‘It is not about the money’, says council boss in lockdown row

The leader of Manchester City Council has said the row with government over Tier 3 restrictions is not just about the money.

Sir Richard Leese said most people who test positive for the virus “are not getting particularly ill” but the problem was too many now getting ill and increasing hospital admissions and numbers in intensive care.

He said the Government’s “blanket business closure policy” is questionable and instead suggested a shielding programme for those most at risk would work better.

Sir Richard, along with Andy Burnham, Mayor of Greater Manchester and nine other borough council leaders in the region are currently in a stand-off with Government.

The Government is trying to cut social interaction by closing pubs and other businesses while keeping schools and the economy open.

Greater Manchester, and other regions, have cast doubt on government strategy while also demanding more cash to help locked down local economies.

In a blog post Sir Richard said both sides agree on reducing the number of cases leading to hospital admission and that the current situation needs action.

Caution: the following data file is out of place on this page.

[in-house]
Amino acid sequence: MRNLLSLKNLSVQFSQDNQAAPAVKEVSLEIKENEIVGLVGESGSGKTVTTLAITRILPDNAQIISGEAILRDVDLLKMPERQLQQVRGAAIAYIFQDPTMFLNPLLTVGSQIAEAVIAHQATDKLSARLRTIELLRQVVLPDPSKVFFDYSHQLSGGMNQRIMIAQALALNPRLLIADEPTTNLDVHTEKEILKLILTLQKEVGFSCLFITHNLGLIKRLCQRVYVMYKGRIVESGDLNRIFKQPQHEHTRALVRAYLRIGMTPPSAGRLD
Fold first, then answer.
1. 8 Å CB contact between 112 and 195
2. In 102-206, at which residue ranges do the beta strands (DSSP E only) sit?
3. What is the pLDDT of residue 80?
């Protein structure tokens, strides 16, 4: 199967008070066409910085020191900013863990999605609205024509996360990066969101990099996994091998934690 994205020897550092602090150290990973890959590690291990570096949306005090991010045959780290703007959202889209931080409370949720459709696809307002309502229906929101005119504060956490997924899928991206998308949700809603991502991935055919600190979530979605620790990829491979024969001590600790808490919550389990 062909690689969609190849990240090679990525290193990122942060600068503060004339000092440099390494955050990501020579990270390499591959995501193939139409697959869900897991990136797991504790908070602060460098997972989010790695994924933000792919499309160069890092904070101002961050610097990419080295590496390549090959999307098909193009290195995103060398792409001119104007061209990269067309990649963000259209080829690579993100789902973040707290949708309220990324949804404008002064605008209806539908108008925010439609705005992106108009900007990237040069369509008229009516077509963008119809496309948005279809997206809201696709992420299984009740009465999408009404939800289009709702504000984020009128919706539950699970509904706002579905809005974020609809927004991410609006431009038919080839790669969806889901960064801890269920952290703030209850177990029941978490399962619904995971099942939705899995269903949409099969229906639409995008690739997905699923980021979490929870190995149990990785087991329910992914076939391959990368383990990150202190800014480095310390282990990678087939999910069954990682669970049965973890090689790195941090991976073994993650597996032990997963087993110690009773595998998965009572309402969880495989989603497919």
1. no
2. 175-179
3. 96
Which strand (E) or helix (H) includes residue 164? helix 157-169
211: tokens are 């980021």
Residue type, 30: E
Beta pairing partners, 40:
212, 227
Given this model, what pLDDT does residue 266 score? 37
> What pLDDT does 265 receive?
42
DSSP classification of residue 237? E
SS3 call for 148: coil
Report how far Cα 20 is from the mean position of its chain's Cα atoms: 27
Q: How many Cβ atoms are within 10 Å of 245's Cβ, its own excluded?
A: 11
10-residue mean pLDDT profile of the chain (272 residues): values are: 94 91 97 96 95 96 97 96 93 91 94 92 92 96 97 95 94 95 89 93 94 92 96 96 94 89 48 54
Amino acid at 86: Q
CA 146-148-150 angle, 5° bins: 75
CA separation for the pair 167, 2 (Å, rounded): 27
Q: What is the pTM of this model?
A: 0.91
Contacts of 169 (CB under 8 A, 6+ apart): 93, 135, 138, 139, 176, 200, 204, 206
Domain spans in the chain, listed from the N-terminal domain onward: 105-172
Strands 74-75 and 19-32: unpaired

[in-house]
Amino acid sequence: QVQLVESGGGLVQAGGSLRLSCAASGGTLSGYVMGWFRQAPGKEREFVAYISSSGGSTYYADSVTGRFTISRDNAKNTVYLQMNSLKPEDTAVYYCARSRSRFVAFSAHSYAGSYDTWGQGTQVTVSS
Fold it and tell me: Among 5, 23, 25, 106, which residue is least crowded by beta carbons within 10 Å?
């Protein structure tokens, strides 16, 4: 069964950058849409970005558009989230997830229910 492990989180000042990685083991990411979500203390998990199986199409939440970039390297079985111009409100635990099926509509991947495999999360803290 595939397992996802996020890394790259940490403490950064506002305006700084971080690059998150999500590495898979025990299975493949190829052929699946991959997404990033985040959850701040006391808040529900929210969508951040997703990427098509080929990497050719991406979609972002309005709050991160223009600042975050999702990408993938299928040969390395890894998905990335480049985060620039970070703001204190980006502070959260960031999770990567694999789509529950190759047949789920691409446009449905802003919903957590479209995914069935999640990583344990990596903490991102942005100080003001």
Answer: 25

But he claimed the Government’s approach to bringing down the number of coronavirus cases is not based on the evidence or supported by the science.

“The dispute is often represented as being simply about money,” he said.

Sir Richard claimed the Government wants to close bars and pubs without any evidence they are a major cause of virus transmission and without any evidence that closing them would be effective.

He added: “However, more important than money are the actions to address the problem.

“Most people who test positive for the virus are not getting particularly ill.

“They are not the problem.

“Too many are now getting ill and the number of hospital cases is going up, as is the number of people with Covid in intensive care.

“That’s the problem.”

The NHS Nightingale North West hospital in Manchester (Peter Byrne/PA)
The NHS Nightingale North West hospital in Manchester (Peter Byrne/PA)

Sir Richard said, with improved treatment now, the “good news” is the death rate for infections will not be “anything like” April or May.

But he said the “bad news” is, if cases continue to rise, hospitals will have to again start cancelling other patients’ treatments.

He said medics now know the most at risk of hospital admissions: older people and people with existing underlying conditions, diabetes, obesity, high-blood pressure, other respiratory illnesses.

He added: “If this is the evidence, wouldn’t it be much better to have an effective shielding programme for those most at risk, rather than have a blanket business closure policy of dubious efficacy.

“Sadly, Government, having forced through badly thought regulations, seem unwilling to think again.”